Stepping away from editing for a second to bring you this little ole thing. You know me, I gotta yammer about a book the instant I'm done with it!
Dark forces are on the
move from the Northlands, and Bremen, an outcast Druid, learns of the
huge Troll armies on the march and the Skull Bearers who act as their
spies. To save the Druids, Bremen must convince the people of the Four
Lands that their only hope lies in uniting -- and in using the magic
they fear above all else.
MY RATING: 3 STARS
So there's the summary and the rating, and here's the review:
Well, now that I've gotten my behind in gear and sat down to write a blasted review...
off the bat, this had J.R.R. Tolkien all over it. Terry Brooks's Four
Lands are like Middle-earth on a diet. There's an evil overlord rising
back to power, an even more evil object of magic he can't be allowed to
lay hands on, a small bunch of ragtags committed to stopping him, and a
special sword meant to rally the troops and destroy the bad guy. There's
even a Gandalf, an Aragorn, a Legolas, a Gimli, and a mix of Arwen,
Galadriel, and Eowyn! I spent some time half-convinced I would see a few
orcs or hobbits; negative on the latter, and trolls and gnomes instead
of the former...close enough.
Glaring similarities aside, I enjoyed this. It was far less wordy than The Lord of the Rings
and it had its more stirring moments as well (but I'll be honest, LOTR
hit me harder). I get the feeling that a lot more effort has gone into
this as opposed to, say, the Landover series, which I found charming
enough to keep reading. Therefore, I'm going to stick with Shannara for
awhile. A good bit of it felt derivative (wow, I'm using that word a lot
in conjunction with a lot of fantasy epics! It just goes to show how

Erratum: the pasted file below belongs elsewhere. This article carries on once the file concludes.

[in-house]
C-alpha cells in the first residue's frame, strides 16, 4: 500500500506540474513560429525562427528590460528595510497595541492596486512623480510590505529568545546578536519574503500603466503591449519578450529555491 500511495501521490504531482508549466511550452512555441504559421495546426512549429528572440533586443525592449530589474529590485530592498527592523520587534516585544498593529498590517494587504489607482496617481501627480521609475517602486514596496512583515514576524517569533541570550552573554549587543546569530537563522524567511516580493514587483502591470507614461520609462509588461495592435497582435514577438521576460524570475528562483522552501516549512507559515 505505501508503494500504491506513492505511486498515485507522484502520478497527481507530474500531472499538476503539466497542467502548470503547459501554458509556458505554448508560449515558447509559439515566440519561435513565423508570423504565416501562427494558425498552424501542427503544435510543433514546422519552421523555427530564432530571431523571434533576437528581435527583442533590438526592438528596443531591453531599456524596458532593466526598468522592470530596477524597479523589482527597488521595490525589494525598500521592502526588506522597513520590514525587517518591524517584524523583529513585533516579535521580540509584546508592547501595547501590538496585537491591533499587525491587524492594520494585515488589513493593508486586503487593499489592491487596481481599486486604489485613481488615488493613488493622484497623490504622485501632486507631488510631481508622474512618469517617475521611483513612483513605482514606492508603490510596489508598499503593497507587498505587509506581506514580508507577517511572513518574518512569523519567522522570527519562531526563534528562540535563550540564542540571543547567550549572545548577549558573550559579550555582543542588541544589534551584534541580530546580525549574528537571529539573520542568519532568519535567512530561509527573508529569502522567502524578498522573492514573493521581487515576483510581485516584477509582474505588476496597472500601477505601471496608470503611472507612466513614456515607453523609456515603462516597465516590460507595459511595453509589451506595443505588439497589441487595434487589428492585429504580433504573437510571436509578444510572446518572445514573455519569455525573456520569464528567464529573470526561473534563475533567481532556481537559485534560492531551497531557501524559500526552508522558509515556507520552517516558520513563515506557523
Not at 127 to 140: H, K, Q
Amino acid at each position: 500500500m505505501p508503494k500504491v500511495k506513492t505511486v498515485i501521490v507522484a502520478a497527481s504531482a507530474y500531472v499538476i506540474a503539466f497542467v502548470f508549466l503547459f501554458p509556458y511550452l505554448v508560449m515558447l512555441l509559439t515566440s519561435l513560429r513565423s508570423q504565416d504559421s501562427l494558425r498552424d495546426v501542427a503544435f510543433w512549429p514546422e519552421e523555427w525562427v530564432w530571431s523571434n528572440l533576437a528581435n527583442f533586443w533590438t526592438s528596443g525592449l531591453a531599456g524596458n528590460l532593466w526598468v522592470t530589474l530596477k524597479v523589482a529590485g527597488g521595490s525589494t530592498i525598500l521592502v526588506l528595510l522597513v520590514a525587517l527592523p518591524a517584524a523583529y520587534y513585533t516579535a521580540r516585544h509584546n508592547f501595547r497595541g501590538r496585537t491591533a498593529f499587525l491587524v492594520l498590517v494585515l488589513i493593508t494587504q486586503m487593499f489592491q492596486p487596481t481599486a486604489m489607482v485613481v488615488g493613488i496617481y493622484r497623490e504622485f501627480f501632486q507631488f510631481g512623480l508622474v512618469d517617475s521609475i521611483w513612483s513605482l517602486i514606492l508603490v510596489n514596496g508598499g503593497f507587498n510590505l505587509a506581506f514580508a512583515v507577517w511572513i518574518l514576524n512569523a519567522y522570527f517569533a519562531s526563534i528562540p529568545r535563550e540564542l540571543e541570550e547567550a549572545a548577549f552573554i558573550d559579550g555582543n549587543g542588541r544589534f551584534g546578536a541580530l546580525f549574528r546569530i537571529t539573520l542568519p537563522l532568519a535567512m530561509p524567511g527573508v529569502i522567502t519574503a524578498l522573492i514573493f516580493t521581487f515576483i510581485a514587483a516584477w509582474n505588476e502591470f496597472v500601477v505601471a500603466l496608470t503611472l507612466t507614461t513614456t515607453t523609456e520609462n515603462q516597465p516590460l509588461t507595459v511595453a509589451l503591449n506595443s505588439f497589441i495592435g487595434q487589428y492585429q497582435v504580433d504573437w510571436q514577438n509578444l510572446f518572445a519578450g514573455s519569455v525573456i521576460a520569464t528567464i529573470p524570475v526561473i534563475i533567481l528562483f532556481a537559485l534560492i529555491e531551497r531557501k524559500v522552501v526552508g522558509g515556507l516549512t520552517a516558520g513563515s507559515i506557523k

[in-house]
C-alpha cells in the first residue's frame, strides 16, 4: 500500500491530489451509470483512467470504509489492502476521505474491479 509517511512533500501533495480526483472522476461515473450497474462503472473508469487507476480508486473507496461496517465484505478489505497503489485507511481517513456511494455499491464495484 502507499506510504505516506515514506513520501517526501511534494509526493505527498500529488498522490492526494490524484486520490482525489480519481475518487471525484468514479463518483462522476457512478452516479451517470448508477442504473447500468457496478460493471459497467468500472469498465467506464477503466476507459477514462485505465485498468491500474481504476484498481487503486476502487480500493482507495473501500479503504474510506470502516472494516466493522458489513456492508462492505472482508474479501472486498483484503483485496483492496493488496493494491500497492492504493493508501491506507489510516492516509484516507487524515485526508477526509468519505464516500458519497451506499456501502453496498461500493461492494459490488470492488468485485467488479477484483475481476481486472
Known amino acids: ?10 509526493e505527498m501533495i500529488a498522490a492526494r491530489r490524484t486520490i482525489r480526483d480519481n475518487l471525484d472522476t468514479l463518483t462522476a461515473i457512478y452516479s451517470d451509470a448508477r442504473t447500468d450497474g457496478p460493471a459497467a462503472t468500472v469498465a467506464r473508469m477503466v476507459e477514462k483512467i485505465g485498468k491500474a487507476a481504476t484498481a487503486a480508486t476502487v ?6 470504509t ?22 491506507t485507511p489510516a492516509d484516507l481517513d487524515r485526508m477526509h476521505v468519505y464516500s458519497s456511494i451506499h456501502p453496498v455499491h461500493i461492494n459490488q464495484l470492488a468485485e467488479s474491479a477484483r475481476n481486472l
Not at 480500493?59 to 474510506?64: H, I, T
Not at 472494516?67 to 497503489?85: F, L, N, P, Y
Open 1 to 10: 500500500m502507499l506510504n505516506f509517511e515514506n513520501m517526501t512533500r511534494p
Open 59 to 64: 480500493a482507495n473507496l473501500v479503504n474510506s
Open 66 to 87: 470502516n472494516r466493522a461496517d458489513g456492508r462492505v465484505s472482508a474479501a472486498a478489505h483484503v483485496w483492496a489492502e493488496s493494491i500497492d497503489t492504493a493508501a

Tolkien set the standard for the genre, doesn't it?) but it was good
enough to keep me interested. I did think that the constant battles and
skirmishes developed a lot of drag in the narrative and it all but
killed the suspense to have the characters' lives in perpetual danger
they always just managed to evade, and since this was a prequel, I
pretty much knew how it was going to end, but I feel on solid ground for
the main body of the series.
The characters themselves weren't
as three-dimensional as I would have liked (development is key!) but I
got very attached to Tay Trefenwyd, the Legolas in this equation. My
first impression of him was of a happy-go-lucky chap I felt certain was
going to annoy the pants off me, but it's to Mr. Brooks's credit that
Tay became my uncontested favorite, with more depth and dimension to him
than I had initially expected. His was the one subplot I felt didn't
detract from the main conflict, and in fact supplemented and
strengthened it as every good subplot should. I honestly felt for him,
and it was all I could do to keep from bursting into tears in the middle
of McDonald's when his part in the story ended the way it did. I just
wish I felt the same about the other characters, and while I see the
logic in not expending so much effort on people who won't have any
further screen time beyond this installment, I still would have
appreciated it even more if I'd gotten to know them half so well.
see, what else...There's not much else, except to say that if you don't
feel like devoting yourself to LOTR, you could do much worse than to
pick this up. Oh, wait! Almost forgot! After doing some research on the
subject myself a few years ago, I can applaud Mr. Brooks's efforts in
detailing the art of blacksmithing. But one tiny nitpick: steel isn't
cast when forging a sword. Just a minor irritant that gets me whenever I
come across it.
Anyway, there were times when it felt like this
was a hodge podge of unrelated quests and whatnot, but it all came
together pretty neatly in the end. It's definitely one I don't regret
reading, unlike other fantasy novels I could name. *coughBrisingr!cough* I look forward to the rest of the series!
There you have it, and now I have to get back to work!
Your humble book nerd,